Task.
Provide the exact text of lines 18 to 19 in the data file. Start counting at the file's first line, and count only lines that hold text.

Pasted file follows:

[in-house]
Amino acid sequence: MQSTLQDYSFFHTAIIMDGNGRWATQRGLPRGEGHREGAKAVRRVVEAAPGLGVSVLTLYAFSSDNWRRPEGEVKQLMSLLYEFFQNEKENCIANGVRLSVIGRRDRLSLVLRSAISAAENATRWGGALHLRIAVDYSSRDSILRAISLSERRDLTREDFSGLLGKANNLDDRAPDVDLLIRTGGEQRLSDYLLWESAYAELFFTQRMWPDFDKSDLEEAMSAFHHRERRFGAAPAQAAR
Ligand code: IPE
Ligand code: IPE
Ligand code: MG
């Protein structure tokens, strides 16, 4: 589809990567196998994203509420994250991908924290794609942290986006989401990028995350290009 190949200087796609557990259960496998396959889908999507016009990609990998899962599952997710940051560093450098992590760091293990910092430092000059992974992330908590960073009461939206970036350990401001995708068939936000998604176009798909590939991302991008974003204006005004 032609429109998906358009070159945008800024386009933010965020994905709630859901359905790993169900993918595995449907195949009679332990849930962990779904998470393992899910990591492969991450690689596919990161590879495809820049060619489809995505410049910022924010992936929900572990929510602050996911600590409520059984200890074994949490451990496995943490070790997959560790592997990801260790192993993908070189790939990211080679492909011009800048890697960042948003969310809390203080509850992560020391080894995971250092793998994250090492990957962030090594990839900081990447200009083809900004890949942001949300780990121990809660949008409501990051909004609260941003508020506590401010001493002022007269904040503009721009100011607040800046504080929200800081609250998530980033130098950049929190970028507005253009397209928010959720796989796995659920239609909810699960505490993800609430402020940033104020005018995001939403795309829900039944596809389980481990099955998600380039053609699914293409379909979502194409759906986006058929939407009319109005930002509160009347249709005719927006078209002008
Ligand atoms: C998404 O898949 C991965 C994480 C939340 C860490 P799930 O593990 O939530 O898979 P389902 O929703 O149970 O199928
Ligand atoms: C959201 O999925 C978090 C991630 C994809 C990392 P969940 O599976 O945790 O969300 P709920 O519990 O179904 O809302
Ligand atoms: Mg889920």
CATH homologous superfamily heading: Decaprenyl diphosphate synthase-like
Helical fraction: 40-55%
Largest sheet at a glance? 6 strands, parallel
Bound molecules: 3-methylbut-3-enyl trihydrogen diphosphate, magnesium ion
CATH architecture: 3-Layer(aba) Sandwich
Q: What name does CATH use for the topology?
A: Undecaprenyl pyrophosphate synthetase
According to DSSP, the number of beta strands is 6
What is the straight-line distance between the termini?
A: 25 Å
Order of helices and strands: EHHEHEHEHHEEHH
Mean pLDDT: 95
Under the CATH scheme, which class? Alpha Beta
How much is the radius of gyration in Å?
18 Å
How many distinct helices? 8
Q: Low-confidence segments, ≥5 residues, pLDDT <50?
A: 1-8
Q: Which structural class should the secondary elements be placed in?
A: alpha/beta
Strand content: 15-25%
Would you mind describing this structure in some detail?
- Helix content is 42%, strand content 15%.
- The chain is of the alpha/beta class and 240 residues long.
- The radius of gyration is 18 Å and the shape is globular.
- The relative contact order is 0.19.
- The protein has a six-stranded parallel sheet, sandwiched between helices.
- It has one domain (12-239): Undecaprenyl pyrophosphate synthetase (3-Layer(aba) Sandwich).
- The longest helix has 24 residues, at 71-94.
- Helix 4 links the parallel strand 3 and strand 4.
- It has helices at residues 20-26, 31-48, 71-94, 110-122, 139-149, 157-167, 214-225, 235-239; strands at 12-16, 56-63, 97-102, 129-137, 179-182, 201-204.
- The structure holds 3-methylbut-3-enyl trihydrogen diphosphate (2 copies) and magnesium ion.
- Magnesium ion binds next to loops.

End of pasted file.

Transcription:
What is the straight-line distance between the termini?
A: 25 Å